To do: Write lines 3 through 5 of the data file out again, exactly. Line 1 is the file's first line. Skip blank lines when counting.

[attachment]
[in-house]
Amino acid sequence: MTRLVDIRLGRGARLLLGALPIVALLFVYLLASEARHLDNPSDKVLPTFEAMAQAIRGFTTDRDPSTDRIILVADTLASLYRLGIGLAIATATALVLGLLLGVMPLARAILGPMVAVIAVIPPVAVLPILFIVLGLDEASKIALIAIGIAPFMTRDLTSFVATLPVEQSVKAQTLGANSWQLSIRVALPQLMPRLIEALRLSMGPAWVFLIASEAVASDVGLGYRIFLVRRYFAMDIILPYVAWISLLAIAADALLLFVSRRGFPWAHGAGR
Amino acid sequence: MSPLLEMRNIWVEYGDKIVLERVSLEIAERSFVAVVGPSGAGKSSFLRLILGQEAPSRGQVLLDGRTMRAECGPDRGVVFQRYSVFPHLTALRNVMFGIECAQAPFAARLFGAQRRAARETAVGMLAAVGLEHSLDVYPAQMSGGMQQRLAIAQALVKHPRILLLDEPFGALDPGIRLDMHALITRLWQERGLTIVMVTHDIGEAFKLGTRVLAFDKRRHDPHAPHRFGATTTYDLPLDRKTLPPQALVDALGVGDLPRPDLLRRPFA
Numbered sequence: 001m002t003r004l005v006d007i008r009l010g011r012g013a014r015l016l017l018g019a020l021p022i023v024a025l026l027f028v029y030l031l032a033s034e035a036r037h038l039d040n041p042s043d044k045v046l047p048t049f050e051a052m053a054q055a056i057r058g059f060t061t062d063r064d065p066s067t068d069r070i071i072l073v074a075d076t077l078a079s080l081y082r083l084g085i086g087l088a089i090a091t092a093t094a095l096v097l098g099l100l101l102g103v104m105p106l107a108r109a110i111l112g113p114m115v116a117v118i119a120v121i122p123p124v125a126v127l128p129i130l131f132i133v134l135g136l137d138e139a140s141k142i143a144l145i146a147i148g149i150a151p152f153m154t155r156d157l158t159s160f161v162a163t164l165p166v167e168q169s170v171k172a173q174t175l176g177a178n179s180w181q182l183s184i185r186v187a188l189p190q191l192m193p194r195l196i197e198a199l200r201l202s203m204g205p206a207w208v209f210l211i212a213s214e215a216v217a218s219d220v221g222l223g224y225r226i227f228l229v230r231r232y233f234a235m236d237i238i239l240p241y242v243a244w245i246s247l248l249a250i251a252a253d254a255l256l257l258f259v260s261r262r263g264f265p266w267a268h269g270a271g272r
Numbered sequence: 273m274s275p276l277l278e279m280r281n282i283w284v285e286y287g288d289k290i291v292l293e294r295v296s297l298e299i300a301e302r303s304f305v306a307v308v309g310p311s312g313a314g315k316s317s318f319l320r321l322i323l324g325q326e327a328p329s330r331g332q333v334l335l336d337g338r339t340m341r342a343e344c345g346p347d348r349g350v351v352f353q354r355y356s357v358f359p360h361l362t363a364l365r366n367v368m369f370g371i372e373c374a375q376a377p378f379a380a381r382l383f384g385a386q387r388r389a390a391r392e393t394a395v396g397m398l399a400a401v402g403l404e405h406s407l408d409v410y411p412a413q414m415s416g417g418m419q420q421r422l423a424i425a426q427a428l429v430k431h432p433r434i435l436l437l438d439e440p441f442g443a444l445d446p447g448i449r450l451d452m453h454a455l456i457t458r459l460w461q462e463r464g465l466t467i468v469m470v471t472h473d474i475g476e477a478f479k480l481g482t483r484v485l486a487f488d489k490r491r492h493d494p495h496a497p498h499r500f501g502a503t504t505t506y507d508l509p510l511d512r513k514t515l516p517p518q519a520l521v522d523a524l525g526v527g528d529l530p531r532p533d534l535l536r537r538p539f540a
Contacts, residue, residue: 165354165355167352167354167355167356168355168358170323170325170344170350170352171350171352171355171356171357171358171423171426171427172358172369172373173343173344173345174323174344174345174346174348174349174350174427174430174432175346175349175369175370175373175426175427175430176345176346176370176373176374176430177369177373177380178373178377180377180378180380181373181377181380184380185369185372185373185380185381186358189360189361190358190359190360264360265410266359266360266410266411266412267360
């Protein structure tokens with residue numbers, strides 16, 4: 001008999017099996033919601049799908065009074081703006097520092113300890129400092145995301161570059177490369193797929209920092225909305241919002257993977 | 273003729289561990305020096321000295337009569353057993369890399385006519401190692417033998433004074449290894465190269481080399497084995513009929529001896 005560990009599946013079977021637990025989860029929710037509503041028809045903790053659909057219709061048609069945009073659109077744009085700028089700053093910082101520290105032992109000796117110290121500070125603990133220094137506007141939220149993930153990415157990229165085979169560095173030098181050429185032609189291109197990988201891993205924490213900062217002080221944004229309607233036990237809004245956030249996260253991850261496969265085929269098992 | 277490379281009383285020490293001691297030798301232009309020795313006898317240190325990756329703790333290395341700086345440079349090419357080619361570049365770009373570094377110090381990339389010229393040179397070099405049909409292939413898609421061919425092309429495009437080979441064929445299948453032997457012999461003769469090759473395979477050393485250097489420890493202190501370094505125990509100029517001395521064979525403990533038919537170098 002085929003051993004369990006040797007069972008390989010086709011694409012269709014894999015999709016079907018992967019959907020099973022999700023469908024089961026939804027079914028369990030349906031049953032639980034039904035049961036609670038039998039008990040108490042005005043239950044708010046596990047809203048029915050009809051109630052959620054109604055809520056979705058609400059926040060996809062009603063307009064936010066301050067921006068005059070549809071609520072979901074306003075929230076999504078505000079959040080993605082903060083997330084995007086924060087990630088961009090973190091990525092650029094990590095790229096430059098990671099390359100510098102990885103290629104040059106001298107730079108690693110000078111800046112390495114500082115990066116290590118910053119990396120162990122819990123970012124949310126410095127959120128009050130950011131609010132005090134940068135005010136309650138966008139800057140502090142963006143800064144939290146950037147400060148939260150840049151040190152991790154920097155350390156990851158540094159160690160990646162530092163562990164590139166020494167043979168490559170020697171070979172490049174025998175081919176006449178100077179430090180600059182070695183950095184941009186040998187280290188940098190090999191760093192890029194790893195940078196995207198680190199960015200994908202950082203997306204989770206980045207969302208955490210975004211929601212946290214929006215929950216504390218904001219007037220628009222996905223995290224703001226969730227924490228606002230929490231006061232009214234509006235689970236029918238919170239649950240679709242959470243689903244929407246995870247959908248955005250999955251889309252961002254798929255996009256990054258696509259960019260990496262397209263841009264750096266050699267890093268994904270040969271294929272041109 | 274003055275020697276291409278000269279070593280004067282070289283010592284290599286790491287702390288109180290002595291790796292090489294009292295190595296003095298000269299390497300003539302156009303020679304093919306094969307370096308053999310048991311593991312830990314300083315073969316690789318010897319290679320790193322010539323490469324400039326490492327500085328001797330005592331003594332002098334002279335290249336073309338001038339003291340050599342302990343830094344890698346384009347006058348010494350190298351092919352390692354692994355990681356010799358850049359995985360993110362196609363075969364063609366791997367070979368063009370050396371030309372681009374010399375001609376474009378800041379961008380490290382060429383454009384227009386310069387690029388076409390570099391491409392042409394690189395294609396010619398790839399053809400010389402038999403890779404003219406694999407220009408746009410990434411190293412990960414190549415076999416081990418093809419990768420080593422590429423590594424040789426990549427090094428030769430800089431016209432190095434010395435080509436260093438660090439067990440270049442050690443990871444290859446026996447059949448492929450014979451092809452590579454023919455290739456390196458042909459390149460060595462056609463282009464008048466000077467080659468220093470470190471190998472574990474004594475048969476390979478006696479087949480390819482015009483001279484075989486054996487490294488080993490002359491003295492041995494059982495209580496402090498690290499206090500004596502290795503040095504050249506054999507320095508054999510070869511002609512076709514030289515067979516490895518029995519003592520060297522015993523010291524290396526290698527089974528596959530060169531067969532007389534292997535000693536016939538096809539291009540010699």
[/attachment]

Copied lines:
Amino acid sequence: MSPLLEMRNIWVEYGDKIVLERVSLEIAERSFVAVVGPSGAGKSSFLRLILGQEAPSRGQVLLDGRTMRAECGPDRGVVFQRYSVFPHLTALRNVMFGIECAQAPFAARLFGAQRRAARETAVGMLAAVGLEHSLDVYPAQMSGGMQQRLAIAQALVKHPRILLLDEPFGALDPGIRLDMHALITRLWQERGLTIVMVTHDIGEAFKLGTRVLAFDKRRHDPHAPHRFGATTTYDLPLDRKTLPPQALVDALGVGDLPRPDLLRRPFA
Numbered sequence: 001m002t003r004l005v006d007i008r009l010g011r012g013a014r015l016l017l018g019a020l021p022i023v024a025l026l027f028v029y030l031l032a033s034e035a036r037h038l039d040n041p042s043d044k045v046l047p048t049f050e051a052m053a054q055a056i057r058g059f060t061t062d063r064d065p066s067t068d069r070i071i072l073v074a075d076t077l078a079s080l081y082r083l084g085i086g087l088a089i090a091t092a093t094a095l096v097l098g099l100l101l102g103v104m105p106l107a108r109a110i111l112g113p114m115v116a117v118i119a120v121i122p123p124v125a126v127l128p129i130l131f132i133v134l135g136l137d138e139a140s141k142i143a144l145i146a147i148g149i150a151p152f153m154t155r156d157l158t159s160f161v162a163t164l165p166v167e168q169s170v171k172a173q174t175l176g177a178n179s180w181q182l183s184i185r186v187a188l189p190q191l192m193p194r195l196i197e198a199l200r201l202s203m204g205p206a207w208v209f210l211i212a213s214e215a216v217a218s219d220v221g222l223g224y225r226i227f228l229v230r231r232y233f234a235m236d237i238i239l240p241y242v243a244w245i246s247l248l249a250i251a252a253d254a255l256l257l258f259v260s261r262r263g264f265p266w267a268h269g270a271g272r
Numbered sequence: 273m274s275p276l277l278e279m280r281n282i283w284v285e286y287g288d289k290i291v292l293e294r295v296s297l298e299i300a301e302r303s304f305v306a307v308v309g310p311s312g313a314g315k316s317s318f319l320r321l322i323l324g325q326e327a328p329s330r331g332q333v334l335l336d337g338r339t340m341r342a343e344c345g346p347d348r349g350v351v352f353q354r355y356s357v358f359p360h361l362t363a364l365r366n367v368m369f370g371i372e373c374a375q376a377p378f379a380a381r382l383f384g385a386q387r388r389a390a391r392e393t394a395v396g397m398l399a400a401v402g403l404e405h406s407l408d409v410y411p412a413q414m415s416g417g418m419q420q421r422l423a424i425a426q427a428l429v430k431h432p433r434i435l436l437l438d439e440p441f442g443a444l445d446p447g448i449r450l451d452m453h454a455l456i457t458r459l460w461q462e463r464g465l466t467i468v469m470v471t472h473d474i475g476e477a478f479k480l481g482t483r484v485l486a487f488d489k490r491r492h493d494p495h496a497p498h499r500f501g502a503t504t505t506y507d508l509p510l511d512r513k514t515l516p517p518q519a520l521v522d523a524l525g526v527g528d529l530p531r532p533d534l535l536r537r538p539f540a